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Re: 2x4 stud walls in High Wind areas

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Buddy:

I am going to play dumb for a moment (something that I have some natural
talent in <grin>).

How can you design the studs for bending from only Components and Cladding
wind load and not include axial loads from gravity loads?  I would think
that axial loads from gravity loads should be checked in combination with
either MFWRS winds loads _OR_ C&C loads.  The only difference would be
that with MFWRS winds loads, it is possible (even highly likely) that
there will be some additional axial loading (either tension or compression
depending on the roof configuration) due to the MFWRS loads (i.e. suction
on the roof or downward thrust on the roof), where as for C&C loads you
are only considering the wind loads on that one member (which means that
the C&C wind loads for bending would like be significantly large due to
the smaller tributary area).

I will look at that article that you mentioned because it might explain
it, but I am curious as to an explanation for what you stated.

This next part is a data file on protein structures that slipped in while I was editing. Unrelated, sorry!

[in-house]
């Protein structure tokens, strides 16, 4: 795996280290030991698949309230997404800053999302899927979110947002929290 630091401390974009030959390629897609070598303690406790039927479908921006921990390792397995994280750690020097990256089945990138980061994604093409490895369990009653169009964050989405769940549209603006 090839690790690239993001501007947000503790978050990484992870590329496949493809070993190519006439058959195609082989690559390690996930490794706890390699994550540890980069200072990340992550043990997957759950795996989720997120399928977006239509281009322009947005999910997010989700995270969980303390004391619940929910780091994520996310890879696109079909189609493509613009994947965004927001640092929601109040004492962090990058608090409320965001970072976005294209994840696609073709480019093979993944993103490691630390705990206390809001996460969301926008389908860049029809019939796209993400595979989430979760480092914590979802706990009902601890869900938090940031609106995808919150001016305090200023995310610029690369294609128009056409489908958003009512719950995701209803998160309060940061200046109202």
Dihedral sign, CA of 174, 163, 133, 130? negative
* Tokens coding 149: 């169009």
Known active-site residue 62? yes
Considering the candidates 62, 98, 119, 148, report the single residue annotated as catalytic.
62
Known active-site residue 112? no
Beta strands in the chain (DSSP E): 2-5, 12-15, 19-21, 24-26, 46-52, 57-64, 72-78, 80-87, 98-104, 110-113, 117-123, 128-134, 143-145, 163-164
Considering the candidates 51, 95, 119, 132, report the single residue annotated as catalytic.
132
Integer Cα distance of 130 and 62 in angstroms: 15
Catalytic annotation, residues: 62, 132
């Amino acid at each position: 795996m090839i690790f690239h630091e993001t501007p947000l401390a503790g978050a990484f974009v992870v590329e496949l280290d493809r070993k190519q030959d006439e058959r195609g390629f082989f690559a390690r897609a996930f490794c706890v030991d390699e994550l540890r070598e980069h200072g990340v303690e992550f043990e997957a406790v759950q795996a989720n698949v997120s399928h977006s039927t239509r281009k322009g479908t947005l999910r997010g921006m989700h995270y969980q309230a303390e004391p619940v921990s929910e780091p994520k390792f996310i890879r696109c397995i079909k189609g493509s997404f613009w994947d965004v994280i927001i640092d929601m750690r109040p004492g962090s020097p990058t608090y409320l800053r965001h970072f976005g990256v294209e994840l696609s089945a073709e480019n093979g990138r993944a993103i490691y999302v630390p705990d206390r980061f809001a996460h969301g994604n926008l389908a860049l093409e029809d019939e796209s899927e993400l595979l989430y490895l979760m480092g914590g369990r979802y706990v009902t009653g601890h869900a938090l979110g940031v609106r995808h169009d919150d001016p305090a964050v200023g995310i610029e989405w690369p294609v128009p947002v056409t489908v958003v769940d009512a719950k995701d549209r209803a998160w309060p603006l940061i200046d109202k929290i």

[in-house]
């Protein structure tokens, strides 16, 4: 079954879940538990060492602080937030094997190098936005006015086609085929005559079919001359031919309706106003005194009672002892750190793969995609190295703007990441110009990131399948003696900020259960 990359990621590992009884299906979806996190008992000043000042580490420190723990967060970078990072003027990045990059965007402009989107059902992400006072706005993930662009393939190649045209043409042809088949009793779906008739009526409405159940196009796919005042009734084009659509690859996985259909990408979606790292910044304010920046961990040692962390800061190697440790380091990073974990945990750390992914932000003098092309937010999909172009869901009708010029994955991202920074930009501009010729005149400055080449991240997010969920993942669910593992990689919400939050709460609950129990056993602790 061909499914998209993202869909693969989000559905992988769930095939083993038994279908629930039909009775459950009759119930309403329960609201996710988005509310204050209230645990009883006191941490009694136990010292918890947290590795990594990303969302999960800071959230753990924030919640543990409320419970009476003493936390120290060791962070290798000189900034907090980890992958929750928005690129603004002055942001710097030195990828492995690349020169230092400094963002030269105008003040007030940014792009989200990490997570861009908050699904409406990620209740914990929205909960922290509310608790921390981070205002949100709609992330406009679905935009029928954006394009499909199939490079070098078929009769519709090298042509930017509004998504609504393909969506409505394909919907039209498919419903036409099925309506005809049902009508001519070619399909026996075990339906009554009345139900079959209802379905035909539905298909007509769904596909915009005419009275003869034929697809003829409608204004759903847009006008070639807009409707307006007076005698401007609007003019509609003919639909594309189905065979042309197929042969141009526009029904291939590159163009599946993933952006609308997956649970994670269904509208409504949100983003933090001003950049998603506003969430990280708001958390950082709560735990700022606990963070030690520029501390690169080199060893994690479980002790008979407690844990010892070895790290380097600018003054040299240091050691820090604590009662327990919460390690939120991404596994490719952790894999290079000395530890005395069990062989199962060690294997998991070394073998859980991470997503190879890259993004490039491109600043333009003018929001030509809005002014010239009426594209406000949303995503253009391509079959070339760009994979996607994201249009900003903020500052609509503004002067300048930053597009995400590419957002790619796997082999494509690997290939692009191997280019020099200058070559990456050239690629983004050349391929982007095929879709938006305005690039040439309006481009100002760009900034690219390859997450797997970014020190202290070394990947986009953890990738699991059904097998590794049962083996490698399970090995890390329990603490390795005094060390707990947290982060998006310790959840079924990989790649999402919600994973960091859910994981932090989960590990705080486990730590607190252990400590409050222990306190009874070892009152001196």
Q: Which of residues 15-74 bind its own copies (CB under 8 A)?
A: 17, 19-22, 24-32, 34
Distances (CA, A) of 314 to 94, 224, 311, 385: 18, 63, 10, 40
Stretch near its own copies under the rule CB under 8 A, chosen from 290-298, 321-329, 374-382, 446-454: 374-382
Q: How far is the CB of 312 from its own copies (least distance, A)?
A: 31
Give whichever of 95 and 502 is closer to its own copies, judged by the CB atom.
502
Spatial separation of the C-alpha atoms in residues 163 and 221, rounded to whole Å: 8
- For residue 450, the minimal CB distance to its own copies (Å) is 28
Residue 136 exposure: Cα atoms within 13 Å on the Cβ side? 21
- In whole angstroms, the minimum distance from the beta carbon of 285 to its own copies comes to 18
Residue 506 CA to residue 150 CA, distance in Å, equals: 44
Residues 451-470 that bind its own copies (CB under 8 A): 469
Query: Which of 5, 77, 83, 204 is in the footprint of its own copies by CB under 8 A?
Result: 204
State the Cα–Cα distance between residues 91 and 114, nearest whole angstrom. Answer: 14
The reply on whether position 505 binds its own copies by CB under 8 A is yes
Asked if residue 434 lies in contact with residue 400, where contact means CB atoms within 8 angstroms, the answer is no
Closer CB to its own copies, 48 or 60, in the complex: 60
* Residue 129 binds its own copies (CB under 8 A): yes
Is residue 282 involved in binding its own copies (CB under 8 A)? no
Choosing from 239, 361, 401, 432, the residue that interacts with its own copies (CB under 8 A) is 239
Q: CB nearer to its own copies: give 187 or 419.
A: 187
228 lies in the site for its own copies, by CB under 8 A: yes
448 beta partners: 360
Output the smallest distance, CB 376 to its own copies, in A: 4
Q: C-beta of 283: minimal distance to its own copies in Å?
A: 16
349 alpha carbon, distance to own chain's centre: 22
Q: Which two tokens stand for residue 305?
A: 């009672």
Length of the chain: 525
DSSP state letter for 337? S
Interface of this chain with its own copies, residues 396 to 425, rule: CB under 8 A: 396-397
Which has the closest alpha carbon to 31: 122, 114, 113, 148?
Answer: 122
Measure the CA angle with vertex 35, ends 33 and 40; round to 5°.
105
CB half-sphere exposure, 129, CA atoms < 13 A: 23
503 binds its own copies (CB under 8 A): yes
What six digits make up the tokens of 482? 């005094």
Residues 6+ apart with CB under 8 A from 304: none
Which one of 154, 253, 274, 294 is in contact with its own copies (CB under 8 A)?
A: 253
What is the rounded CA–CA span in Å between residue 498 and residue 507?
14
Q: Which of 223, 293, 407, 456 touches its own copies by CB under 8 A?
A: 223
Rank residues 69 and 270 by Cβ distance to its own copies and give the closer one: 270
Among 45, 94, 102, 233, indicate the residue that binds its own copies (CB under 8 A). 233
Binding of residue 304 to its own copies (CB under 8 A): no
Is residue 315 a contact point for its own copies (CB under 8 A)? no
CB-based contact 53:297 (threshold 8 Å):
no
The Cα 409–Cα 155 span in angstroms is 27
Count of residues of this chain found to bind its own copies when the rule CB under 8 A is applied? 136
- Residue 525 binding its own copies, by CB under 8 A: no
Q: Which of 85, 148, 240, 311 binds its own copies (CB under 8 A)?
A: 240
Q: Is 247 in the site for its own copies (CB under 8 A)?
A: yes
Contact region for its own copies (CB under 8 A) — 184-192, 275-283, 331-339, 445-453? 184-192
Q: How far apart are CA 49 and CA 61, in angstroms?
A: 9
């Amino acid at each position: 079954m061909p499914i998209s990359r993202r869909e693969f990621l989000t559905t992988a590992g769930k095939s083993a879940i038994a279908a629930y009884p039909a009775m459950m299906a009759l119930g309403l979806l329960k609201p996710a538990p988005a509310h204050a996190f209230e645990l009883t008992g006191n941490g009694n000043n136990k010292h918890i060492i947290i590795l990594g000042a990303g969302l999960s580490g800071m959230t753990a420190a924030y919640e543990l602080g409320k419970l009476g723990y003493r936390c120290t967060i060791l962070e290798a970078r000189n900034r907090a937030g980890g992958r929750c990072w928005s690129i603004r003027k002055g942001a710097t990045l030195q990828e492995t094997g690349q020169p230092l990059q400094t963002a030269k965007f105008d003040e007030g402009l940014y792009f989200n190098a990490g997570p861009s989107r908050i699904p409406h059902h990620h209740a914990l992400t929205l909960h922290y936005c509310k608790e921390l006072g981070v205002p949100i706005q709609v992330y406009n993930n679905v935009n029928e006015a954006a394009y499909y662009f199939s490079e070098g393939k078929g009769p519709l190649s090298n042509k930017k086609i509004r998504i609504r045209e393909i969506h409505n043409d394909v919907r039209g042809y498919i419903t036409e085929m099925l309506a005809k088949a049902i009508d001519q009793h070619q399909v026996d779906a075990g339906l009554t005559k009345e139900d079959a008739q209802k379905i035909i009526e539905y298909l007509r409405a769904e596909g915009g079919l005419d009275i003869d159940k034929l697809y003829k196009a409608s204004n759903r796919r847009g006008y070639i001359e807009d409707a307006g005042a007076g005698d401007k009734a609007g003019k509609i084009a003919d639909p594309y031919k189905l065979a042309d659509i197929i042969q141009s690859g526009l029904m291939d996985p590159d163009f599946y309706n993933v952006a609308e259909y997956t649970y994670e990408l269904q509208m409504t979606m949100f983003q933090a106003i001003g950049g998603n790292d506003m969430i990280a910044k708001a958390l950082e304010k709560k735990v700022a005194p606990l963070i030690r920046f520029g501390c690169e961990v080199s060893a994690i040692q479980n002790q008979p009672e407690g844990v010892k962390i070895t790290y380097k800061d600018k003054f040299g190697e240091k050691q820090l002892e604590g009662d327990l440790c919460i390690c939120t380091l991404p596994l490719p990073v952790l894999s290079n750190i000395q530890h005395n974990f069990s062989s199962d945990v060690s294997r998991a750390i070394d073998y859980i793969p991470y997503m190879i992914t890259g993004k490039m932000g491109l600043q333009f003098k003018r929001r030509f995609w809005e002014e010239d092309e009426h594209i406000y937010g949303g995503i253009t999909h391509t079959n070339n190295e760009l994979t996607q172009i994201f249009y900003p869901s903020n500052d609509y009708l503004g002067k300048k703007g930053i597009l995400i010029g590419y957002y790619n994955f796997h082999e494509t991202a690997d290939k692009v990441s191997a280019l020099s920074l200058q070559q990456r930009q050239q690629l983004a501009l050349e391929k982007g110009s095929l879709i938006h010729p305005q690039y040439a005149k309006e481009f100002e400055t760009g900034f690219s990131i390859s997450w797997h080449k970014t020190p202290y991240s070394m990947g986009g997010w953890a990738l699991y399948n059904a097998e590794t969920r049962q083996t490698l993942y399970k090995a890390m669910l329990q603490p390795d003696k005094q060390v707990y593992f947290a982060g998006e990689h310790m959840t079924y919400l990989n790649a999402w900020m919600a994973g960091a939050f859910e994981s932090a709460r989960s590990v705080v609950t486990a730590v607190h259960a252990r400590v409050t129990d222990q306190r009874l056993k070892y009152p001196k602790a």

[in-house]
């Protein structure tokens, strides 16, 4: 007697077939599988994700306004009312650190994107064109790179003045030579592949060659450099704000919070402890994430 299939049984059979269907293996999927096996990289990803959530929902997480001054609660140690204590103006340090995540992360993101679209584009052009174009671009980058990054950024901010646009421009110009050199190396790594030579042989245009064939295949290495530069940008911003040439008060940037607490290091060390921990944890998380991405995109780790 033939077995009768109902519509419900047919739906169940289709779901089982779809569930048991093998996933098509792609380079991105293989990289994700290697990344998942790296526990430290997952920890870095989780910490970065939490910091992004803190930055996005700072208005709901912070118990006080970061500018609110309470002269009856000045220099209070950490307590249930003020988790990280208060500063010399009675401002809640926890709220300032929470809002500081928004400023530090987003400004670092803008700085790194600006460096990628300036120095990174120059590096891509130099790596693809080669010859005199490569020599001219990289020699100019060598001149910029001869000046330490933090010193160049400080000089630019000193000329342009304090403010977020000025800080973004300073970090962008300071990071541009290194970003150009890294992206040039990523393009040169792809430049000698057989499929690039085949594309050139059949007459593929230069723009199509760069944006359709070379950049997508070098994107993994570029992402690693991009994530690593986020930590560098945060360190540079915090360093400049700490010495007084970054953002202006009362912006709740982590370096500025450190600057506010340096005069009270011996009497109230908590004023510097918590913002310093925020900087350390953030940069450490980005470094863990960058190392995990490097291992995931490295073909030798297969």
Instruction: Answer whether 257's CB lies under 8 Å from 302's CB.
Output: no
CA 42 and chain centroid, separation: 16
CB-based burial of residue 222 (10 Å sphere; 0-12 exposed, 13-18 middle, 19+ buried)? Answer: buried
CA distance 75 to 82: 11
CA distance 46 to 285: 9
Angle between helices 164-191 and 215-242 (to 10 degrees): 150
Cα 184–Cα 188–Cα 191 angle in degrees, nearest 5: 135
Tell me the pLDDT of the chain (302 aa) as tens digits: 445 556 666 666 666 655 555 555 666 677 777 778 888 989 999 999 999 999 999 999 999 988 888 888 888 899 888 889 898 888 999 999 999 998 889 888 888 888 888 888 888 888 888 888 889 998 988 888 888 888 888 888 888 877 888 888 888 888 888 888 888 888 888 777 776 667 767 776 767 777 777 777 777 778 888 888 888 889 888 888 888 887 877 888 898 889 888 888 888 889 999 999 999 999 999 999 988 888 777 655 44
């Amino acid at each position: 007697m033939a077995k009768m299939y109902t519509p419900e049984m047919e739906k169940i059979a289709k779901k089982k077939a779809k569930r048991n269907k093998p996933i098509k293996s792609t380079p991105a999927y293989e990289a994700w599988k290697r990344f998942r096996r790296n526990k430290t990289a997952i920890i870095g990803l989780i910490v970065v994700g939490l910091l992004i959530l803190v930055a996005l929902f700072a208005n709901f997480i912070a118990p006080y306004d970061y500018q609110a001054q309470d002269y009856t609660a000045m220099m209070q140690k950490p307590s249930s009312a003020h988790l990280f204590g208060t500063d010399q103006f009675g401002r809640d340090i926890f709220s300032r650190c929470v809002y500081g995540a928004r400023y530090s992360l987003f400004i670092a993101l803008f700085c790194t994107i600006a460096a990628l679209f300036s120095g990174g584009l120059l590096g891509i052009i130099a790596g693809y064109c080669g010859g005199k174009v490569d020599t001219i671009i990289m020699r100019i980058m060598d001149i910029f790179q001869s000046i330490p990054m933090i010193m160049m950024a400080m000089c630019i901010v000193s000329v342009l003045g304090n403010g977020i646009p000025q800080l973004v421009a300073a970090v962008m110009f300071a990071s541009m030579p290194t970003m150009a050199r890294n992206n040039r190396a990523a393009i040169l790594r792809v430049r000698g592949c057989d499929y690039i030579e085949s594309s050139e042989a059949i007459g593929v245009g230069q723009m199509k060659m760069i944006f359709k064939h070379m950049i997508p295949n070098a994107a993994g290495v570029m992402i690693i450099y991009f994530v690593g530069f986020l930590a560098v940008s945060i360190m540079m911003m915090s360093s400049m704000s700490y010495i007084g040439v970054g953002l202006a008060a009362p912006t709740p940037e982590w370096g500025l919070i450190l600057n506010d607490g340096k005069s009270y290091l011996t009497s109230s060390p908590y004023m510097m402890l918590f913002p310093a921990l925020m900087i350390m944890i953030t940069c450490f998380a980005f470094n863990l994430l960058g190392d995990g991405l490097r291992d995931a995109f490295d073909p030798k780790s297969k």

Thanks,

Scott
Ypsilanti, MI


On Thu, 12 Dec 2002, AWC Info wrote:

> Here's a link for more information on the document John referenced below:
>
> http://www.awc.org/Standards/wfcm.html
>
> Also not that stud walls can be designed as follows for wind and gravity
> loads:
>
> 	Bending only using C&C wind loads independent of axial stresses
>
> 	Bending plus compression using MWFRS wind loads and axial loads
>
> There's more detail on this issue in the following paper:
>
> http://www.awc.org/technical/considerations.pdf
>
> HTH
>
> Buddy Showalter, P.E.
> AF&PA/AWC
>
> ************
>
> From: John D. Rose [mailto:jrose36(--nospam--at)earthlink.net]
> Sent: Monday, December 09, 2002 1:26 PM
> To: seaint(--nospam--at)seaint.org
> Subject: Re: 2x4 stud walls in High Wind areas
>
>  Contact Buddy Showalter at American Forest & Paper Assn./American Wood
> Council (awcinfo(--nospam--at)afandpa.org) and ask for their 2001 Wood Frame Construction
> Manual. This document has engineered and prescriptive design recs for wood
> frame construction in high wind areas, including not only walls but also
> roofs and connections of roof-wall-floors and to foundation.
> John Rose
> APA (retired)
> Tacoma, WA
>
> Nick Bingham wrote:
>  I'm in 85mph exp C country and have a contractor wanting to build a home
> with 2x4 at 16" oc walls, with 10' plate height. I have about 550 plf down
> (DL plus snow). I can get close on the stress, but deflection is killing it,
> especially with a stucco finish. I'm getting the usual, " The last engineer
> I used had no problem with it". Contractors look table 23-IV-B in the '97
> UBC and see that a 2x4 wall should go 10'  supporting one floor and the
> roof. I realize that this table does not apply in high wind areas, which I
> am in, and that it's the 85 mph wind that is killing the 2x4. I'm looking
> for some input - have others found a way to get a 10' (plate to plate) 2x4
> wall to figure?Thanks!Nick Bingham
>
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